Common Problems with NAS Devices

NAS Devices

A network-attached storage (NAS) device is a great way to introduce additional storage capacity to an established network. Apart from providing scalability, it can also be utilized for data protection and backup functionality if needed. Regardless of how you use it, it’s important to know the nuances of modern NAS devices. Not only will this knowledge help you understand how your NAS works, but it will help you troubleshoot any potential issues that might arise. 

  • Increased I/O latency: A system’s overall I/O latency, or input-output speed, is a common problem with some NAS devices. Making the matters even worse is the fact that certain latency issues can be hard to diagnose. This is due to the intermittent process of data transfer that is used.
  • Network connectivity: Your system’s network connectivity can be a major bottleneck to performance, too. If you are using a hardwired network connection, make sure that your Ethernet cables are connected firmly to your computer, router, and NAS. When using a wireless connection, ensure that your workstation is within the range of the Wi-Fi signal.
  • Driver issues: Most computer hardware comes with specialized software, collectively known as drivers, which help your device communicate with the system. NAS devices are no exception, so it’s important to check with your NAS manufacturer for up-to-date drivers. Keep in mind that any files that are included with the NAS, either on a CD, DVD, or other form of media, might be outdated by the time you need them, so it’s a good idea to check the official website for any downloadable drivers.
  • Common drive errors: NAS devices generally use standard hard drives and, as a result, they are still susceptible to many of the same issues that affect modern drives. This includes sudden NAS data loss, mechanical malfunction, damage from power surges, and more. For best results, make sure you are using genuine hardware from well-known and reputable manufacturers.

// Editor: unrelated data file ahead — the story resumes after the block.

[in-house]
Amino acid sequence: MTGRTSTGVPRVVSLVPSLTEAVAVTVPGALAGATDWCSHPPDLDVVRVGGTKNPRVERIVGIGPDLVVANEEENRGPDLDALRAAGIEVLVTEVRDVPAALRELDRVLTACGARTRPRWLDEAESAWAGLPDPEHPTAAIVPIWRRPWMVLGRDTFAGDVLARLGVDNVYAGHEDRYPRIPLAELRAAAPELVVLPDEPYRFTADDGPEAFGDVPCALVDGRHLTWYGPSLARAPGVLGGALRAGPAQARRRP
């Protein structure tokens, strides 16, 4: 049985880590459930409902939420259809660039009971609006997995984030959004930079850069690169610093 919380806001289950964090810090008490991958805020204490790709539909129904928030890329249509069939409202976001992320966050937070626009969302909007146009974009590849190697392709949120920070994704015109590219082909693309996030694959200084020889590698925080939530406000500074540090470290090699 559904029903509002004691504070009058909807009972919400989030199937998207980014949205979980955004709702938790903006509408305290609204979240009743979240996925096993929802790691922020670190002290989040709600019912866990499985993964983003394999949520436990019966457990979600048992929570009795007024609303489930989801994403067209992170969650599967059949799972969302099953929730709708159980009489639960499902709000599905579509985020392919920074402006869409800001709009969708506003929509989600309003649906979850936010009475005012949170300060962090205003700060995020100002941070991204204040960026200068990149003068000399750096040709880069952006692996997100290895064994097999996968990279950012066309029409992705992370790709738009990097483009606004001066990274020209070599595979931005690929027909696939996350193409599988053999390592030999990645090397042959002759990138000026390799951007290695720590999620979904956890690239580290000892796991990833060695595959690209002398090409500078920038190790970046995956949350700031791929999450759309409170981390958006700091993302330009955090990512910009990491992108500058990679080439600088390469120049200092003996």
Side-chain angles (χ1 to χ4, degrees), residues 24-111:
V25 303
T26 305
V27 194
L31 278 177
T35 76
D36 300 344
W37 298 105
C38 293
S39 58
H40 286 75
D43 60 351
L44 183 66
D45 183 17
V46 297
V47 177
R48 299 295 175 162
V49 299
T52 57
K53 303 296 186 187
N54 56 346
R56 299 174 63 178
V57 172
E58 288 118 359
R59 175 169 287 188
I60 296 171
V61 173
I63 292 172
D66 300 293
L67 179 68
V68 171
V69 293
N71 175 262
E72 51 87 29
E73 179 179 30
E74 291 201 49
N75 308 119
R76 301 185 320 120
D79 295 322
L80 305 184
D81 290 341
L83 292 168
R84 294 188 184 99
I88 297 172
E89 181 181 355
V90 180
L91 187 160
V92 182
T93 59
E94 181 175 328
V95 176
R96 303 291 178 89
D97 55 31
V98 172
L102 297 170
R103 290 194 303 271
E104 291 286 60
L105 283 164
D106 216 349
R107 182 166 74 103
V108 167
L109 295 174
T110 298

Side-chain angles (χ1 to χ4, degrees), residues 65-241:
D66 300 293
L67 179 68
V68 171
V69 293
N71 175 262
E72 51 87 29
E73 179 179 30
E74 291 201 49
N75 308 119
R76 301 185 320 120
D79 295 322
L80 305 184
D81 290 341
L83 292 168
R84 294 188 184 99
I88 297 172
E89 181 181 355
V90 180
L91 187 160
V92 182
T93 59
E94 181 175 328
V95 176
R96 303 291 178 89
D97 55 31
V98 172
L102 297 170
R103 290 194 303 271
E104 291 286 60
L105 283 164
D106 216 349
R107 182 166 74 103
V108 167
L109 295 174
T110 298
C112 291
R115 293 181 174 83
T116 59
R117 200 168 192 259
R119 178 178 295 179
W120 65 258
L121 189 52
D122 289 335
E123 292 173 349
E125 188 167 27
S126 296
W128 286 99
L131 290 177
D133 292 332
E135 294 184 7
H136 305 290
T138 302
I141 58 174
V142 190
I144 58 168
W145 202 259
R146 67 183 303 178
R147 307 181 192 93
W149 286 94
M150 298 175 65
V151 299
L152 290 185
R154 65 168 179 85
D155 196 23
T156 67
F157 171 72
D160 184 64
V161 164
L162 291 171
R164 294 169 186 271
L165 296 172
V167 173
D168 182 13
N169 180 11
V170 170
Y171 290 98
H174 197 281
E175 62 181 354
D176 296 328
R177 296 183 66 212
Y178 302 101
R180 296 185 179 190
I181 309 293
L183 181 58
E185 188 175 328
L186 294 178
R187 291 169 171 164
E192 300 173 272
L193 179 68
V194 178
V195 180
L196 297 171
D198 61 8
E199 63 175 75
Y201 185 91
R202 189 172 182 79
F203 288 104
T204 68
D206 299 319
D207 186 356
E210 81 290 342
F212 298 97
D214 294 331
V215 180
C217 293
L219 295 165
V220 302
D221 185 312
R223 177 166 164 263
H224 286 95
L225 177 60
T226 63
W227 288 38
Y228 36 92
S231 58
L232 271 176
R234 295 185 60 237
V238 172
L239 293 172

• Struggling write performance: In some scenarios, particularly those involved the NFS-formatted disks, modern NAS devices could suffer from decreased write performance. In extreme cases, this does have the potential to result in permanent data loss. Advanced users and server administrators have access to a host of different settings and commands to minimize these risks.
  • Power supply: As with all electronics, a NAS device’s power supply also has the potential to fail. If you notice excessive heat originating from the power supply, or if you notice any hissing or buzzing noises, you might be experiencing a defective power supply. In this case, the only course of action is to replace the entire power supply unit; a task that’s best left up to the professionals.

As you can see, NAS devices aren’t always as straightforward as they seem. While there are some that work perfectly right out of the box, others require special settings or configurations to boost performance, efficiency, and reliability. While they do offer a lot in the way of system versatility, especially when it comes to scalability and the addition of extra storage space, it’s critical that you understand how modern NAS devices work in order to get the most out of your hardware.